I hope you're all enjoying a lovely weekend!
Here is today's new stitch-out I call is Rolling Water. It is a versatile design which can be stitched out in several ways. In this block I've included spiral 'waves' mixed in amongst the gentle water movement, but you can easily omit the spiral waves and have Calm waters.
This is a somewhat simple stitch-out, a bit of a break after the intensity of block #27! It is fun and easy to do and is of course great in landscapes but also in Asian inspired quilts too. Be sure to doodle it out with pencil and paper before you try stitching it.
If you click on the block it will double in size. Then you will be able to see that I have used a multi-colored thread on this block. I don't turn to multi-colored or variegated threads often any more. I usually match the thread to the fabric color or use the same color but a shade darker or a slightly lighter tint. This way, the thread melds into the surface of the fabric. If I need a new design element because the quilt is lacking interest, then I will stitch with a thread that has more contrast. With this block I wanted you to see how I think variegated threads should be used. The problem with them is that the inclination is to match the thread to the fabric, however where variegated or muti-colored threads are concerned, the opposite is usually true.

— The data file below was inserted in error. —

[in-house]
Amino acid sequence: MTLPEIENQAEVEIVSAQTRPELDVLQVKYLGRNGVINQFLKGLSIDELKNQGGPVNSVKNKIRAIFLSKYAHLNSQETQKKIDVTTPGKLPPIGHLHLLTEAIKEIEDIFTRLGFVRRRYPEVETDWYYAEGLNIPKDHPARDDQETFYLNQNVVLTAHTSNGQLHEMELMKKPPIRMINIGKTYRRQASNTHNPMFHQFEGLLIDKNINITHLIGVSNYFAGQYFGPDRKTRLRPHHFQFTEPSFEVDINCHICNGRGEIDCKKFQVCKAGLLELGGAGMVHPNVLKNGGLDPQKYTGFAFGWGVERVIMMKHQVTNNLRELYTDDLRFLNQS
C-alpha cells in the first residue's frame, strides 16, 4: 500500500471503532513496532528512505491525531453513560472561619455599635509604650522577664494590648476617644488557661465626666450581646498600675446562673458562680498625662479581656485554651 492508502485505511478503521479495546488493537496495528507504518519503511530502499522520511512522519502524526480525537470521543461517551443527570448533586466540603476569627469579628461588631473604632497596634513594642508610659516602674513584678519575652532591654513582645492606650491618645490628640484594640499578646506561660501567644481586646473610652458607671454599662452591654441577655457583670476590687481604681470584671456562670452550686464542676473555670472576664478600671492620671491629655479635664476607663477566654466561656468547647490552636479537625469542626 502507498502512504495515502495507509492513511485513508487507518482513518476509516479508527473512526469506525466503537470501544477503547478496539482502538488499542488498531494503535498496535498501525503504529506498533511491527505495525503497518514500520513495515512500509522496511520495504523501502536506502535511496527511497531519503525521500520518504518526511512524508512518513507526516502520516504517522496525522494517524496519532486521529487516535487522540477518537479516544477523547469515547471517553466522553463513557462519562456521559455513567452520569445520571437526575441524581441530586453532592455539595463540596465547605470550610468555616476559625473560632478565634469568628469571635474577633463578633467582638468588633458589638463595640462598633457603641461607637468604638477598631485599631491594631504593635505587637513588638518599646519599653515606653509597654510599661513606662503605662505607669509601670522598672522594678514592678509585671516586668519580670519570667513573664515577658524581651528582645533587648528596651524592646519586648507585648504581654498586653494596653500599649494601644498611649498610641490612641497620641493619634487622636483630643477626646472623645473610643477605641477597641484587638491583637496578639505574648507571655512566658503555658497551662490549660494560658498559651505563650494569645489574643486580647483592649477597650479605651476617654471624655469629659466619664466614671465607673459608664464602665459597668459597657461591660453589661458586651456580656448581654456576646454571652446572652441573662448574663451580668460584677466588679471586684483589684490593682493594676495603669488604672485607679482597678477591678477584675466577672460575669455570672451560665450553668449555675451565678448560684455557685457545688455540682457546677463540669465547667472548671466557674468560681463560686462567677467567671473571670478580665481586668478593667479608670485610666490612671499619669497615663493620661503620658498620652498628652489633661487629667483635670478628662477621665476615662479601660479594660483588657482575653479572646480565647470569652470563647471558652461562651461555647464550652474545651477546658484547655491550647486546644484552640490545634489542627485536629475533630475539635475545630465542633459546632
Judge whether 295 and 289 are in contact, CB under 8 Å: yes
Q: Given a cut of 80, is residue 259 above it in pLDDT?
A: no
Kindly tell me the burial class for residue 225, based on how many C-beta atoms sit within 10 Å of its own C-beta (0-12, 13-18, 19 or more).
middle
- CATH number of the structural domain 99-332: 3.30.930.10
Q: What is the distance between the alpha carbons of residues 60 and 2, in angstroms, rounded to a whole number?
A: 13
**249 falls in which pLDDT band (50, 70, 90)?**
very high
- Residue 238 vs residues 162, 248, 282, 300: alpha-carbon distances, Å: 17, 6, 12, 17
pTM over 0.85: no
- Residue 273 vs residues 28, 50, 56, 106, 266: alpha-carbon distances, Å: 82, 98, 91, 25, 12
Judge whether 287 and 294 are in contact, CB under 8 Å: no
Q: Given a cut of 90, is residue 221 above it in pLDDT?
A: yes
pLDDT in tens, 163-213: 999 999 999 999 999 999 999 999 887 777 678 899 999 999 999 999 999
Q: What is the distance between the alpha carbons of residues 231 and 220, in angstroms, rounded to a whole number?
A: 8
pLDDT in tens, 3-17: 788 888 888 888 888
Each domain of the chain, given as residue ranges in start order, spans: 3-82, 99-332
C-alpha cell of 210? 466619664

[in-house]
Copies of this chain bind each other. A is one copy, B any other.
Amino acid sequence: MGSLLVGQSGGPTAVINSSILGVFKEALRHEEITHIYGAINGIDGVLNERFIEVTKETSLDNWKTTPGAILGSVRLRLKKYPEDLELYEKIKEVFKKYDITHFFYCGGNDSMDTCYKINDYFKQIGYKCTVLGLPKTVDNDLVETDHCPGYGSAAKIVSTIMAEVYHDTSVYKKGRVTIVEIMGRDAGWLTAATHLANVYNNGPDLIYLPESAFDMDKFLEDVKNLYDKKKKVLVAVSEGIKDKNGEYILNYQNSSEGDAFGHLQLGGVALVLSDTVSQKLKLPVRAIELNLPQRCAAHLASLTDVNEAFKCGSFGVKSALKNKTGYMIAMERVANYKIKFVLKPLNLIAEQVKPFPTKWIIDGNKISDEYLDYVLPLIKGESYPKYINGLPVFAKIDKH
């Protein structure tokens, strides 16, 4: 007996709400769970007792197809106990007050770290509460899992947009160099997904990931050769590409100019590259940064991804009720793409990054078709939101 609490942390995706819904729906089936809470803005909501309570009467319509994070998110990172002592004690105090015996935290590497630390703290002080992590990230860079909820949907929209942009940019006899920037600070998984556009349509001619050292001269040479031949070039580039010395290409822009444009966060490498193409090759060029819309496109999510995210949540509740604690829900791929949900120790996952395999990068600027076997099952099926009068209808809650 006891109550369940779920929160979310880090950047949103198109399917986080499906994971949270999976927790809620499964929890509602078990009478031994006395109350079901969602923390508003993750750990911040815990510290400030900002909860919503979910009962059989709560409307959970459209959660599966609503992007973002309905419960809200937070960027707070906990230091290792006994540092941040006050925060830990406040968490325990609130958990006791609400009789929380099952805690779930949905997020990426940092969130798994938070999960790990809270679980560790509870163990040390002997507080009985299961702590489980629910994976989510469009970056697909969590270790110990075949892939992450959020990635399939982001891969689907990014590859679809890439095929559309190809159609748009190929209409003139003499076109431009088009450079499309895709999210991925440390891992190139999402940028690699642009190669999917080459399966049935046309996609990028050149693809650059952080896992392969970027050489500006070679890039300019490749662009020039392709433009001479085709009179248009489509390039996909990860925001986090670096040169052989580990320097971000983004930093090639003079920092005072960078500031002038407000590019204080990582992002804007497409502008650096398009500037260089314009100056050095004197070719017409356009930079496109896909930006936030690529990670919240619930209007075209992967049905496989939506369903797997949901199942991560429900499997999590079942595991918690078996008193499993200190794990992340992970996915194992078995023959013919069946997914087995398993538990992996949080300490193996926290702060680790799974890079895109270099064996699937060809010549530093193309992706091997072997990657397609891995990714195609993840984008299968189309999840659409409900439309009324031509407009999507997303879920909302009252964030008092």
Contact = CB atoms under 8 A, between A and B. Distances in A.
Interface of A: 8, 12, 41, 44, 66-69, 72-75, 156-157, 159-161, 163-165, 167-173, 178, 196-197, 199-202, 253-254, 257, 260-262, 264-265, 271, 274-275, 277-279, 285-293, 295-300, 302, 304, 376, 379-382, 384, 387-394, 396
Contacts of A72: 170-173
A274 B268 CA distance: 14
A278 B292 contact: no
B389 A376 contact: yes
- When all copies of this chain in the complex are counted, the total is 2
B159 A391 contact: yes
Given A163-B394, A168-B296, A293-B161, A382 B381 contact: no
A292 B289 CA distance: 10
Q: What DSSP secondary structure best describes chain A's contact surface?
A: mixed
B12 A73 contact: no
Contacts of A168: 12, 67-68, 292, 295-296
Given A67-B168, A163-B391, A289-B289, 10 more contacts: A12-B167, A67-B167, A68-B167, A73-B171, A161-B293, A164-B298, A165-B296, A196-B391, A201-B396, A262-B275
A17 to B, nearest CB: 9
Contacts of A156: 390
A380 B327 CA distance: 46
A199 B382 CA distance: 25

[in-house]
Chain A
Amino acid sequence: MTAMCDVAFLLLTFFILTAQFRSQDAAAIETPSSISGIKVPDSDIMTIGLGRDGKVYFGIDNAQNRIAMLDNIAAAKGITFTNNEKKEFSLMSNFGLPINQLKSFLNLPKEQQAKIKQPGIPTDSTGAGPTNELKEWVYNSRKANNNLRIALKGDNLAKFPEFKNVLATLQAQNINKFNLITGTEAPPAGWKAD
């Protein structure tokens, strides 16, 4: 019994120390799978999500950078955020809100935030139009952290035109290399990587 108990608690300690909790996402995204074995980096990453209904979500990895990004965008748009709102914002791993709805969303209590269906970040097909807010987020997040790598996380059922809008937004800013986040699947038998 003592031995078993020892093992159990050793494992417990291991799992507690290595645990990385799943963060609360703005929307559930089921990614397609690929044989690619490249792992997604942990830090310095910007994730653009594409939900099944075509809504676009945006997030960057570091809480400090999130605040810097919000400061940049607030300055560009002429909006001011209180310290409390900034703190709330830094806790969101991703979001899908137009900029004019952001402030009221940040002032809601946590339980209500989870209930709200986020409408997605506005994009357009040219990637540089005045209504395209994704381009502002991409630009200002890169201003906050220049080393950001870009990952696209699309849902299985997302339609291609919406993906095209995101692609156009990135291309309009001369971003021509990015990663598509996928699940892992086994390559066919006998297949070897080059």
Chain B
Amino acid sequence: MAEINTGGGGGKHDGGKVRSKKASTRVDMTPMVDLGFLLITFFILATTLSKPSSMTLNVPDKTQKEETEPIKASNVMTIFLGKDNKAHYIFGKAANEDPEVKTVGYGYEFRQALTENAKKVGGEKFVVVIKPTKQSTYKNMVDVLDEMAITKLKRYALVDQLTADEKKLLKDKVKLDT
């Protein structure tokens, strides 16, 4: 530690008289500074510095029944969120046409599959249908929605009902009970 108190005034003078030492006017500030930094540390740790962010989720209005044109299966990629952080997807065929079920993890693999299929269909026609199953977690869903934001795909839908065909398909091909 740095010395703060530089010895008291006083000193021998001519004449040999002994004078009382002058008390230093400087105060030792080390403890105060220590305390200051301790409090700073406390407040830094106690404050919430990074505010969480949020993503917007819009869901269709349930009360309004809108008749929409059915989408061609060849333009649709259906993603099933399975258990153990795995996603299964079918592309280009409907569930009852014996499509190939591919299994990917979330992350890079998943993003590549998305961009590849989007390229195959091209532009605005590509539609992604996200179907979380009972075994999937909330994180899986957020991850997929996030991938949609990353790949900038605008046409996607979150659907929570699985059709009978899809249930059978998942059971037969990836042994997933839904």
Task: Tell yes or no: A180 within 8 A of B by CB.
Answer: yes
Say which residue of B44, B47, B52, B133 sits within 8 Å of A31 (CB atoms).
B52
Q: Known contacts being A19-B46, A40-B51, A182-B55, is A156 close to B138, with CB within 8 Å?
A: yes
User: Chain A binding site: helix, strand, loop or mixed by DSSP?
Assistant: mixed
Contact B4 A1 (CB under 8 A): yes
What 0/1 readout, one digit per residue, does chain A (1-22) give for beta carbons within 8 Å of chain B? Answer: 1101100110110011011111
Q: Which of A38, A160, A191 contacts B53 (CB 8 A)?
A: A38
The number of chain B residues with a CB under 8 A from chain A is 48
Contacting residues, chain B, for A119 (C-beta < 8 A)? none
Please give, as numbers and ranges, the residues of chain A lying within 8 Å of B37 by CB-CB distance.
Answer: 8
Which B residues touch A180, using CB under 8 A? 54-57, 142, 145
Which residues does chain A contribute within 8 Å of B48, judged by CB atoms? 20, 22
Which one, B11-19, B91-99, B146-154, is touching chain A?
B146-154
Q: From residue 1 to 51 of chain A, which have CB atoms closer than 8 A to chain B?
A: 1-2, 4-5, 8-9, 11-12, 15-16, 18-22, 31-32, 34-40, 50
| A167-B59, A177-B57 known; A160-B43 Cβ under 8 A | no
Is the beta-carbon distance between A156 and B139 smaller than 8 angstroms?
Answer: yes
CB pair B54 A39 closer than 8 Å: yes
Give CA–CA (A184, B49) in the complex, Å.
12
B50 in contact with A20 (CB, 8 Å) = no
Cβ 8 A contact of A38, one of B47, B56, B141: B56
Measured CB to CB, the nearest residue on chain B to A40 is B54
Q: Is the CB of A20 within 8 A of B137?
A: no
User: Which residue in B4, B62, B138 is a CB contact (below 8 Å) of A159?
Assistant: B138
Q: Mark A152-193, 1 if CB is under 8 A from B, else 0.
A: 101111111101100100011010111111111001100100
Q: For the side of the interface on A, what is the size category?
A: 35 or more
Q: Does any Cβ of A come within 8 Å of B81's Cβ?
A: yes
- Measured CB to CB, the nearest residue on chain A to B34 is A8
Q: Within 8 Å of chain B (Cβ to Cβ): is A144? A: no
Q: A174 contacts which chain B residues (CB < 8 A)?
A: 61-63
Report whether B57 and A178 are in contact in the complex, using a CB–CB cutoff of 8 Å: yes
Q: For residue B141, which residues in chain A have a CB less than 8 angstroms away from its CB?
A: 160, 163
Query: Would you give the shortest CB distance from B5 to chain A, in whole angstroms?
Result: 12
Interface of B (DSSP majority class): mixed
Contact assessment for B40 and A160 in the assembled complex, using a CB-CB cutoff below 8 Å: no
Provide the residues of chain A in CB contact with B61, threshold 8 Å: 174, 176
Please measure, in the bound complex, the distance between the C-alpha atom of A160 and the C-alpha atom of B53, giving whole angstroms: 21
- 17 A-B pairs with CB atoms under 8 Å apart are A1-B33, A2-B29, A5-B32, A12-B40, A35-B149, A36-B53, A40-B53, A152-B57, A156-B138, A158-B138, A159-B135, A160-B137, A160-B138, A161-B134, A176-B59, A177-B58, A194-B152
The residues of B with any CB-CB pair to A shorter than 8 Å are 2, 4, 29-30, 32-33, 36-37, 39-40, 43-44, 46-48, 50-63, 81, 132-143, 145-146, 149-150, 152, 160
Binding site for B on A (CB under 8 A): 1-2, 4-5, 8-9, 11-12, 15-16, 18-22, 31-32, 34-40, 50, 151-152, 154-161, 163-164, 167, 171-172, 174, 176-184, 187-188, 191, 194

First of all, the difference between the two; Variegated means different varieties of the same color such as light, medium and dark violet, Multi-colored means just that, different colors, one coming after the other.
When choosing a variegated or multi-colored thread you need to choose one that shows up equally across the surface of the fabric you will be stitching it on. If it does not show up equally, then the areas where it matches the surface will seem like they disappear and will look like you've made mistakes in your stitch pattern. So, if you're stitching on a medium valued violet, a light, medium, dark, variegated violet thread is not the answer because the medium valued areas of the thread will disappear on the fabric and the light and dark areas will show up. A better choice would be to choose a color of thread that is next to the thread color on the color wheel such as a blue violet that will show up equally across the surface of the medium violet fabric.
So, on to the stitch-out. This design features gently flowing lines that move from side to side and curve back and forth, to give the impression of gently, flowing water. The swirls are added to break up the side to side motion.
Begin near the center of the block and stitch a short line that is about 1 1/2" long. End the line with a curve that is about 1/4" deep, moving either up or down then stitch either back in the direction that you came from or continue on in the direction you were going. Every 1/2" to 1 1/2" change directions with a gentle curve and a drop down or climb up 1/4". Insert a swirl every two to three inches by stitching a line and swirling the end, leaving room to swirl back out then continuing on with the water design. You can stitch this design larger, but I think it looks best pretty tight as shown.
I hope you enjoy this mix of wavy lines, directional movement and swirls. It's great practice!
Have a wonderful Sunday,